Question: Hi Rose. My name is Ana, I am a single mom of a teenage girl named Samantha who is now 13 years old.
Sam and I just had an argument about financial stuff because she wanted to sell the gadgets she wasn’t using to buy a new cellphone. Naturally, as a single mom struggling to make ends meet, we had this argument where I insisted that a new cellphone would not have “value added benefits” over her old and still reliable one.
However, I am not the best example for her when it comes to financial literacy as I am struggling to get out of the slump myself. Thus, when she asked what I meant by “value added benefits,” I told her the one thing that I can actually expound on (via Rich Dad Poor Dad) – INVEST.
We had a very long discussion on investing and it was something I really couldn’t sustain with my very limited knowledge and hands-on experience. Thus, I tried to look for articles and chanced upon your article entitled Teenagers Interested In Investing dated November 2012.
I would like to expose Sam to the world of investing and I know that, as much as I want to be the one to do it, I am just not equipped. Would you perhaps have a Seminar or a Talk that would help me jumpstart her interest on it? I too am attending seminars on Financial Literacy but I’m afraid that these are not the ones for her age group.
I would appreciate your help. Thank you.
Answer: Hi Ana. A lot of parents share your predicament of teaching their children about money matters when they themselves are not confident about their own money skills. However, I am a believer that parents are still the best teachers to their children because when it comes to money, we’re not just talking about a set of skills but a value system and values are better caught than taught. Be honest with Sam. Tell her that you want to raise her to have a high FQ and that you will be joining her in this journey because you want to raise yours too.
Here are some of the things you can do together.
1. Understand your own relationship with money. You may want to read my previous article entitled How Can I Teach What I Don’t Know? Do the exercises in said article. Share it with her. She may also want to do the exercises.
2. Discuss and write down your dreams together and use your core values as your guide. Allow Sam and yourself to dream big. You may even use photo collage when you two come up with your dreams. Working your way to improve your money skills and disciplining yourself will become more worthwhile and sustainable if you visualize what you’re working for. I’d like you to use the guidelines in this article.What You Do With Your Money Should Agree With Your Core Values.
3. Make your respective Balance Sheets. It’s good to know where you are financially right now so you have a clear starting point and know how far you have to go to reach your dreams. I’ve written about personal Balance Sheet a few times and this one might interest your teenager Selfie And The Balance Sheet.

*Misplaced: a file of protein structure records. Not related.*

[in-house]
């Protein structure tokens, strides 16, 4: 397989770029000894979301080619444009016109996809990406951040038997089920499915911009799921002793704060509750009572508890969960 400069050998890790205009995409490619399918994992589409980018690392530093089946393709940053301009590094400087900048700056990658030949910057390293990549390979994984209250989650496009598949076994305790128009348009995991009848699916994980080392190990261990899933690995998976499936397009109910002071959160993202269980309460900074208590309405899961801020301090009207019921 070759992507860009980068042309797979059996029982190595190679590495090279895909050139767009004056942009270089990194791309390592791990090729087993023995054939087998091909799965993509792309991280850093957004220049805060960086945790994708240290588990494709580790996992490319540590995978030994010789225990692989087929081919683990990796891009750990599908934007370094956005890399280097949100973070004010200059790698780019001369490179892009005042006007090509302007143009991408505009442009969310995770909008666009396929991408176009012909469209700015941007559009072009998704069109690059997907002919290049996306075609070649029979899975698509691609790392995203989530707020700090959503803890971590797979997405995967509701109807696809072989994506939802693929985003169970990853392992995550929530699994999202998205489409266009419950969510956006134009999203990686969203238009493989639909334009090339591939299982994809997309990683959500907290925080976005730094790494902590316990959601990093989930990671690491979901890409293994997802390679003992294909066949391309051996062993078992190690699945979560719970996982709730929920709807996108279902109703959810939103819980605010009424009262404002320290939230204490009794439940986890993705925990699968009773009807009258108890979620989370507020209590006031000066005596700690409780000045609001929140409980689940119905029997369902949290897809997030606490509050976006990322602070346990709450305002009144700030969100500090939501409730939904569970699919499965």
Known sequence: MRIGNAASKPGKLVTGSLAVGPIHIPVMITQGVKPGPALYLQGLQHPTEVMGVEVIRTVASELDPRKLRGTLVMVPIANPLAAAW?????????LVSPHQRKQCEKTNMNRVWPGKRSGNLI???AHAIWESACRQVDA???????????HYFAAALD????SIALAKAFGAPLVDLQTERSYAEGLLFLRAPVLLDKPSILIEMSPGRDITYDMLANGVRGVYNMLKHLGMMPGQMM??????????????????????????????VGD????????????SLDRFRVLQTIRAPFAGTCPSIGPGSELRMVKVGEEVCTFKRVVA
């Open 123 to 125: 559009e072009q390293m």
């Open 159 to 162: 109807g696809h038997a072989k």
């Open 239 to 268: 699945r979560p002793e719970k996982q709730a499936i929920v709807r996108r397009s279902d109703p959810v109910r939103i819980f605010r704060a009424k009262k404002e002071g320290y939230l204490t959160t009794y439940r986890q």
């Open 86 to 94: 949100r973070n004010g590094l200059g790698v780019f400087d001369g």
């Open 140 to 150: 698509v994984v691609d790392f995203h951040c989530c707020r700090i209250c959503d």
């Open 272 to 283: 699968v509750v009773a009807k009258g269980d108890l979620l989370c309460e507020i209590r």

4. Based on your balance sheet and the asset inventory that you did, sell the things you’re not using anymore. You mentioned that Sam wanted to sell her unused gadgets in order to buy a new cellphone. You should at least commend her for thinking of liquidating NPAs or non-performing assets. Hopefully, once you’ve done steps 1 – 3, she may not be that interested in buying a new cellphone anymore while hers is still functional. She would have realized that there are other more important things that she can save up for, that we don’t only save in order to have something to spend right away, but also to have something to invest. This brings us to the next step.
5. Teach her the magic of compounding. My sons were blown away when they first saw how regular saving can grow into something very big. You can download an excel file for free from RaisingPinoyBoys.com – Magic of Compounding so you and Sam can work on your respective saving and investing schedules. Maybe she can now regularly save from her allowance to help fulfill her dreams. Read Your Children’s Weekly Allowance: Best Training Ground To Raise Millionaires.
6. You’re right that some of the Financial Literacy Workshops that you attend may not be appealing to your teenager. Every so often I’m able to bring my sons to join me in my talks, and it’s different when teenagers hear it from fellow teenagers. If you follow me on facebook, twitter and instagram, you’re bound to know when these talks happen, so watch out. For the meantime, check my Author Archive and see what other articles may be helpful to you and Sam. My new book The Retelling of The Richest Man in Babylon is also a helpful read for the two of you because it talks about the three basic laws of money in very simple language.
7. Check out investment instruments available at your friendly bank and other financial institutions to see what works for you. Small business ideas that you can do on the side to augment cash inflow are also welcome.
8. Find inexpensive bonding activities with your daughter and check out each other’s saving and investing development from time to time. You have just found yourself a saving and investing buddy in Sam! Isn’t that great?
Cheers high FQ to both mother and daughter! Do give me feedback that we can share with the readers.
Wishing you financial happiness,
The following twitter users won in last week’s “Spot Me” contest:
Please email your name and address to FQMomm@gmail.com (yes that’s double “m” at the end). Congratulations!